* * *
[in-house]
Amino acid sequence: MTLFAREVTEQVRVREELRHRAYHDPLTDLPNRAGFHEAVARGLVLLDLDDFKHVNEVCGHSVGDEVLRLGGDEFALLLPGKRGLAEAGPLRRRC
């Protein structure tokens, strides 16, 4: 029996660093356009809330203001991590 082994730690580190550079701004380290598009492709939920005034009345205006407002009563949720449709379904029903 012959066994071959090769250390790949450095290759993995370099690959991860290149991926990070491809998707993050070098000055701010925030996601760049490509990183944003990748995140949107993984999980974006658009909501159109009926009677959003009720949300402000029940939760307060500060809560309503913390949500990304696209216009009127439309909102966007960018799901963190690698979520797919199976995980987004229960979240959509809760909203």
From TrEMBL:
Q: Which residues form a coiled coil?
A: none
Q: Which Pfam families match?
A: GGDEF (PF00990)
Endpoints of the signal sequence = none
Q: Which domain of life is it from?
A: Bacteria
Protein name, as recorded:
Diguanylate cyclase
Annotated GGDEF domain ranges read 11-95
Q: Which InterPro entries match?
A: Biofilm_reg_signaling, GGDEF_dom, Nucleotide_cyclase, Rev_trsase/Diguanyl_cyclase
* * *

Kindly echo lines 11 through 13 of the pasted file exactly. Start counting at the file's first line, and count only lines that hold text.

A: Bacteria
Protein name, as recorded:
Diguanylate cyclase